Video - Labitconf 2013 - Bitcoin Neutrality - Andreas Antonopoulos
Bitcoin is what we need in terms of thinking no-pay transactions. Hence, Andreas talks about how Bitcoin will neutralize third party players from sucking peoples money.
MAN #1: We welcome Andreas Antonopoulos who will talk on Bitcoin neutrality.
ANDREAS ANTONOPOULOS: All right. Thank you everyone. Halo, Buenos Aires. I am really excited to be here and yesterday I discovered once again why they called this the City that never sleeps. So, forgive the black shadow under my eye that’s because I participated in the festivities, a really awesome evening but – so I’m not going to do any slides and I’m not going to do podium. I’m just going to walk around and talk about the topic that’s truly important to me which is about Bitcoin neutrality. And let me start first by saying that to me Bitcoin is not a currency and there are no coins. Bitcoin is a network and it’s a protocol. And more importantly it’s an invention and distributed computing science that truly revolutionized distributed computing because it allowed for the first time to achieve consensus across decentralized network without a trusted third party. We haven’t even begun to understand the implications of that invention but it includes a lot more than just currency.
Currency is just the first app on the Bitcoin network and the fact that the Bitcoin, the Bitcoin technology, the Bitcoin invention and the Bitcoin currency all shared the same name is rather confusing because people think it’s all about the coins and the coins don’t really matter. In fact we could completely fail this currency and they’ll be so surprised when the next morning we bootstrap another one because I think finally we killed Bitcoin what’s this thing, Bitcoin 2? Didn’t expect that one.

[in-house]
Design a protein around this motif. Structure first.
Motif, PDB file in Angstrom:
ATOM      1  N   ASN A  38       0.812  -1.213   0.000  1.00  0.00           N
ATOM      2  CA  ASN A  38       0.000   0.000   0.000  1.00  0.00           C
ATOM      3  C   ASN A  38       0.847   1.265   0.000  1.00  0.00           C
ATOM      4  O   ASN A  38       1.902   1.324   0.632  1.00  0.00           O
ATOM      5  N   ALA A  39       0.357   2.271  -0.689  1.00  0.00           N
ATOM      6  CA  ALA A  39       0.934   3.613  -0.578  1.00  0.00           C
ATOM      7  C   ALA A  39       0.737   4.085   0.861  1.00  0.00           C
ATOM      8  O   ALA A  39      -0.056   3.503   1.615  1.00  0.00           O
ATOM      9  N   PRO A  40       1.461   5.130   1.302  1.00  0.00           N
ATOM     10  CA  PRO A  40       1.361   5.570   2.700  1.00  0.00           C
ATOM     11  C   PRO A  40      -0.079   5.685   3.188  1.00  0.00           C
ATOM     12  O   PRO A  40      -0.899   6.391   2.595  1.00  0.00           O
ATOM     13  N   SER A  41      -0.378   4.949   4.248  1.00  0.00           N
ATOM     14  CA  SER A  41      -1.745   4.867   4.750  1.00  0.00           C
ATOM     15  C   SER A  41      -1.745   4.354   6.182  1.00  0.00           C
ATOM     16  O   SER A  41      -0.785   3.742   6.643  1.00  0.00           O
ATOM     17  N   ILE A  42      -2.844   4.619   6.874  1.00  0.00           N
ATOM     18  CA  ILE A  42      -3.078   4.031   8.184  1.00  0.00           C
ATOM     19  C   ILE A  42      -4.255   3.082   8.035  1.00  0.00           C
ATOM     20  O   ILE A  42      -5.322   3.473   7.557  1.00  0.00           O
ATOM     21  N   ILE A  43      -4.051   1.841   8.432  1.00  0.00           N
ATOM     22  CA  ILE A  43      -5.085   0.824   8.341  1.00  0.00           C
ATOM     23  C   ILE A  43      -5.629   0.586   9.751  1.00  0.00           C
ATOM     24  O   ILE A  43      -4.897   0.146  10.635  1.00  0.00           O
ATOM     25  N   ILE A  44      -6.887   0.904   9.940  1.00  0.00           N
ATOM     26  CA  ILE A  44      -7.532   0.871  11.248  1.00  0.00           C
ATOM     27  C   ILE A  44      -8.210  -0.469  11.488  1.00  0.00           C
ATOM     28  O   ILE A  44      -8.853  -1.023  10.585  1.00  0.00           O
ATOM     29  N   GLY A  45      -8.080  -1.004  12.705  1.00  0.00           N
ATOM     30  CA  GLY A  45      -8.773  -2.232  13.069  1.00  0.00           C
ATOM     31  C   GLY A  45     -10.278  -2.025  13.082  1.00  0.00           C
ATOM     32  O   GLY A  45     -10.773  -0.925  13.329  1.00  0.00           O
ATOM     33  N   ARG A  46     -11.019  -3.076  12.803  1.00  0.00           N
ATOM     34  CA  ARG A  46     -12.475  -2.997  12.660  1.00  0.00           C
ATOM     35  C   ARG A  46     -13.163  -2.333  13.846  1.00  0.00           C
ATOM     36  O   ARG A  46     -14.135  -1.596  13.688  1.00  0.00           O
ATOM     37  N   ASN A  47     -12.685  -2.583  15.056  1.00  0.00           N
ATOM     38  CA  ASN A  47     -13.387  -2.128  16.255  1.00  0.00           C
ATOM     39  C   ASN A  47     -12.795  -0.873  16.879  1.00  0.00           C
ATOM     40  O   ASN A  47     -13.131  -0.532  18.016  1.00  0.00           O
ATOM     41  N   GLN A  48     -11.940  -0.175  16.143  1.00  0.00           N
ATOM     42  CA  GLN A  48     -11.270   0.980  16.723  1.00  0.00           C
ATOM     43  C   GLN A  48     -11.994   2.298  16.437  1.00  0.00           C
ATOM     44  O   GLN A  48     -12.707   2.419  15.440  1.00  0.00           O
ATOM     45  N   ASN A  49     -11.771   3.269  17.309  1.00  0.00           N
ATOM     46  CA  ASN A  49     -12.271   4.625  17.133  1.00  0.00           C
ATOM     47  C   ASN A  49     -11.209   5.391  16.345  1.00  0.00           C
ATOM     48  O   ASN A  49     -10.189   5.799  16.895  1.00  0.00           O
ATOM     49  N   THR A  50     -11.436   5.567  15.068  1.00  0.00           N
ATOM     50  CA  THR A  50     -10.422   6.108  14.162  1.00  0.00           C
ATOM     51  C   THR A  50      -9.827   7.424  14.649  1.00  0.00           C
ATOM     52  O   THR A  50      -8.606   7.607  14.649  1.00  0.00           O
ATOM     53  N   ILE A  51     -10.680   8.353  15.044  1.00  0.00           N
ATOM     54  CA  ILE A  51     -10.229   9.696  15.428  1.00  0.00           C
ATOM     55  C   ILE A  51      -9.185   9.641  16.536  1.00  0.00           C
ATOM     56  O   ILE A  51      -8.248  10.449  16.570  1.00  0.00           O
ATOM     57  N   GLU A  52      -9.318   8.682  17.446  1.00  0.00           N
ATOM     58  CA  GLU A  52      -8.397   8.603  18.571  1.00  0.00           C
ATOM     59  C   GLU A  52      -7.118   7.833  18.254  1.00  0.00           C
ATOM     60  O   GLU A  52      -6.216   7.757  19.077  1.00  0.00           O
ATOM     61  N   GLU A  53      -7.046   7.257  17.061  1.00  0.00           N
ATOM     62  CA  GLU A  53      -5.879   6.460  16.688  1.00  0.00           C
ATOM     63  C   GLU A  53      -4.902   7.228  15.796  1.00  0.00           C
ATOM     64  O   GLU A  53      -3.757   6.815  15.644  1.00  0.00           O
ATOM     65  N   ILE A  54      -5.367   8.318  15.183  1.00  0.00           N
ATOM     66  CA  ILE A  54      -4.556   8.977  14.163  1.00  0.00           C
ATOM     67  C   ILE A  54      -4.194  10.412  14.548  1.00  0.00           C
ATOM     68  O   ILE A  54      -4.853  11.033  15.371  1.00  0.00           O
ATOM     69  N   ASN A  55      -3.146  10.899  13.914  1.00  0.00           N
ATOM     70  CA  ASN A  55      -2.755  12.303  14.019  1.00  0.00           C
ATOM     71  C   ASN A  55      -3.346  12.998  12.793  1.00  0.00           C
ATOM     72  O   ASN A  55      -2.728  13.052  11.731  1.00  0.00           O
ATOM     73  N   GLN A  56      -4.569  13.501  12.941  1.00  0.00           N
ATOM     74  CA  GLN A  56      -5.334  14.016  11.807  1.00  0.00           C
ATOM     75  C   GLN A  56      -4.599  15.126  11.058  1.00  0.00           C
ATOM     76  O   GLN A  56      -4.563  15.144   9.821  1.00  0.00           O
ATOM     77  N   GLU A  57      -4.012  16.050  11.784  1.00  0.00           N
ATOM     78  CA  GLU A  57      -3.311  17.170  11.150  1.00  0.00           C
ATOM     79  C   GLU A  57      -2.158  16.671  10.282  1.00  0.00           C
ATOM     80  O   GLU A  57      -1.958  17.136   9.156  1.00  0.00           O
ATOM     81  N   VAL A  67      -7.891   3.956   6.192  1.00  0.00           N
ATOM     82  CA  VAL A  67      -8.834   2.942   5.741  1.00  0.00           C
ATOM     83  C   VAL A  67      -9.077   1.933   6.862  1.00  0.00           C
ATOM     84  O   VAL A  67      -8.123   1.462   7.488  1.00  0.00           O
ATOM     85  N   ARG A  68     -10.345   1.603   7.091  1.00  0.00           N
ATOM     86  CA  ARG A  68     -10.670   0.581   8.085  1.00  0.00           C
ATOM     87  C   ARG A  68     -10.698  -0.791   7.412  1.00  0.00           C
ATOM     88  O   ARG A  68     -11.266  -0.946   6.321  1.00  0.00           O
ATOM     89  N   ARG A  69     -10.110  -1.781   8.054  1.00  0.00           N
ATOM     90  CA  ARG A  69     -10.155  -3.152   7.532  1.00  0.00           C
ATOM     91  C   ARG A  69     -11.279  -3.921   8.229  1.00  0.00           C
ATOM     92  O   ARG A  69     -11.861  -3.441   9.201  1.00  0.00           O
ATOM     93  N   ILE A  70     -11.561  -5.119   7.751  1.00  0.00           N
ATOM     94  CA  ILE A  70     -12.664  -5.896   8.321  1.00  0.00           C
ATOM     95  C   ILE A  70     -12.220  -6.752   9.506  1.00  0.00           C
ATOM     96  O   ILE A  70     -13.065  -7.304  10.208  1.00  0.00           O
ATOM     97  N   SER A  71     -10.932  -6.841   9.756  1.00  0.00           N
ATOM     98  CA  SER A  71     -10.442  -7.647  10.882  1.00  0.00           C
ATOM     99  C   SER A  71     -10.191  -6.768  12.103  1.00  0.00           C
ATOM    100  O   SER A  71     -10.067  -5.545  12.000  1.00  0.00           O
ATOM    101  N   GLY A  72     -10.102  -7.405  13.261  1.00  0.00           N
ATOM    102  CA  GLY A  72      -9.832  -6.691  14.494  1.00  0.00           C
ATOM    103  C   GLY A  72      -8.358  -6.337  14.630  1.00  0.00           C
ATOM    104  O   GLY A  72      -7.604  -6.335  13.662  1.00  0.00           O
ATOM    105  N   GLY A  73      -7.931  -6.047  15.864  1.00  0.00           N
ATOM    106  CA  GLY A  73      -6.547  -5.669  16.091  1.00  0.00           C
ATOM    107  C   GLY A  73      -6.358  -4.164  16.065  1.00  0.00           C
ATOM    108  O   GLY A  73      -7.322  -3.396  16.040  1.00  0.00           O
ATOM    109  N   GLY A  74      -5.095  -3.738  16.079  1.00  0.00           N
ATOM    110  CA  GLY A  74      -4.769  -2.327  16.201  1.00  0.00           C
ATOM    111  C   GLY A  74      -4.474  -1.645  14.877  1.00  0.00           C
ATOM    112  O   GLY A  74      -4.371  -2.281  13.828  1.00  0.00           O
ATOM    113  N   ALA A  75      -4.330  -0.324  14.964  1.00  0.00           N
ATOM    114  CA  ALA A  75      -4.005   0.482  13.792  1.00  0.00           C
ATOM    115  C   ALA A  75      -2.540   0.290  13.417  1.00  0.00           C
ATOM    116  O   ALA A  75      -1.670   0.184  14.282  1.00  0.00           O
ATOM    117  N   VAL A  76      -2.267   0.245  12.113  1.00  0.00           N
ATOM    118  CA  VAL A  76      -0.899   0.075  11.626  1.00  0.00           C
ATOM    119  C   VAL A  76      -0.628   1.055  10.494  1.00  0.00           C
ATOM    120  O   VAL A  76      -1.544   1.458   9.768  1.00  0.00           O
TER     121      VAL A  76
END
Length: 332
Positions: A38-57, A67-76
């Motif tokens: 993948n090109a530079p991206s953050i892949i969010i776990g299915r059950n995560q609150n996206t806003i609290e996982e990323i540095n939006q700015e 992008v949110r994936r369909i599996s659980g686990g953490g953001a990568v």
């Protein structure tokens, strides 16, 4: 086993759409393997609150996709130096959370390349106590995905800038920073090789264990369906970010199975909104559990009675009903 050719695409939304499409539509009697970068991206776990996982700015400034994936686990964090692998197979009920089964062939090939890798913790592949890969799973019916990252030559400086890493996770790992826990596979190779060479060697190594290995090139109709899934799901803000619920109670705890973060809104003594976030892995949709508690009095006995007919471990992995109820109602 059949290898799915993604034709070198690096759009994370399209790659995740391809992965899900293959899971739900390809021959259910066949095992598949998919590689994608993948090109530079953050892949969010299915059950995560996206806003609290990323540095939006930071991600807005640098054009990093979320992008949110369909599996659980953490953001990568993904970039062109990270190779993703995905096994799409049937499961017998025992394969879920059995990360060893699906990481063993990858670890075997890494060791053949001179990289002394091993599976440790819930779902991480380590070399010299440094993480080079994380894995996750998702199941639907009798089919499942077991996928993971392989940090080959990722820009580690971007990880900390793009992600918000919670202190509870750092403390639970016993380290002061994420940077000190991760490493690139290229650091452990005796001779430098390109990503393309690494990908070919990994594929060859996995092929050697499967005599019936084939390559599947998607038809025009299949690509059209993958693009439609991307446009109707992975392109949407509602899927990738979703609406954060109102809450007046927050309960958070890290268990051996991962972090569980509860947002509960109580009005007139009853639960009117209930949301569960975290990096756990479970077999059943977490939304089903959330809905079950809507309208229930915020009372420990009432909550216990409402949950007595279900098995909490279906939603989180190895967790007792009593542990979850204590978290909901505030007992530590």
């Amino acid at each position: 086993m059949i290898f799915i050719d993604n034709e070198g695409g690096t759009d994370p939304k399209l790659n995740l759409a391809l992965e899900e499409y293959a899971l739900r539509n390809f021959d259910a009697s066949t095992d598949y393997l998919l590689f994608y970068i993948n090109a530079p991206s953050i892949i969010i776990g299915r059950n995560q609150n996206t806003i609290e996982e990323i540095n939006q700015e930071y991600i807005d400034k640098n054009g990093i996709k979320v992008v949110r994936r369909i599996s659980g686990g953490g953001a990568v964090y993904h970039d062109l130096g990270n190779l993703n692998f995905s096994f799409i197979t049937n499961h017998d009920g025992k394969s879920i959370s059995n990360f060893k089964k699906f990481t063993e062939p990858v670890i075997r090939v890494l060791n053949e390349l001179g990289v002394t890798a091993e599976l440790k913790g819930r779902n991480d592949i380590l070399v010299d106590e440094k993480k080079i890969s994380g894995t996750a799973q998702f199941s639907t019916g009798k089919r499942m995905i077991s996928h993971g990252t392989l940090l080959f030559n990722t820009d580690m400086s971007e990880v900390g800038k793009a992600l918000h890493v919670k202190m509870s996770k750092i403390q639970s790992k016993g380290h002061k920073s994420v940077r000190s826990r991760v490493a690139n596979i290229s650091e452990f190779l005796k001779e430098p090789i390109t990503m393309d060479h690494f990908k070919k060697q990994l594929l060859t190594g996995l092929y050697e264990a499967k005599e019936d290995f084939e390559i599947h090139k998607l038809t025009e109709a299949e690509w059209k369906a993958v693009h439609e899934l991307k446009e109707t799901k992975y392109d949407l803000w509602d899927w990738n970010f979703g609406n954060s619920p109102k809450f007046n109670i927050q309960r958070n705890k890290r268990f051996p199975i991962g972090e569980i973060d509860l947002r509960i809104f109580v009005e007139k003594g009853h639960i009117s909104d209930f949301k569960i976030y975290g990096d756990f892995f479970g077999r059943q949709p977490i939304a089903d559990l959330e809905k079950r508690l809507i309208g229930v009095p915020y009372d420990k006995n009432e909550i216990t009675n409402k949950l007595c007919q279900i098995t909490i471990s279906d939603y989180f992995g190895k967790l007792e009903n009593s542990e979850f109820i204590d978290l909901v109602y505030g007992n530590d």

So I do want to talk a bit about the network and why it’s important, why it’s ground breaking and what the core principles are that make the Bitcoin network work. And why the currency has the characteristics it does that make it so popular among the early adopters that we see today.
So let me explain first of all what do I mean by Bitcoin neutrality. What is the key characteristic of Bitcoin? Is it doesn’t care who the sender is? It doesn’t care who the recipient is and it doesn’t care what the contents of the transaction is. It is a simple, layer three routing protocol that allows the transfer of abstract value from Point T to Point P. Why is this an important principle? Because it is the same principle that underlies the internet and TCP/IP and what it does is it empowers the nodes at the end of the network instead of the network or the center itself. Effectively the network is a dumb pipe. A mechanism for transmitting value from A to B without discrimination between sender, recipient or amount. This is important because it also shifts the center of innovation from regulated centralized permission based innovation as we had on all networks before the internet. It’s a renovation of the edges and most importantly innovation without permission.
Bitcoin is a protocol and the standard that I can connect you from anywhere in the world and I can inject messages directly into that standard without asking anybody’s permission. I can invent whole new applications and financial instruments that I can layer on top of the network and these can be completely independent to Bitcoin the currency. We’ve already seeing the first application being launched that layer on top of this protocol. So the currency is just the beginning. This is our beta test. This is our e-mail application. Perhaps not even e-mail. We at the beginning of the equivalent where the internet was in 1991 and we have an application that’s good enough. It’s a currency, it works pretty well but that’s not the important thing.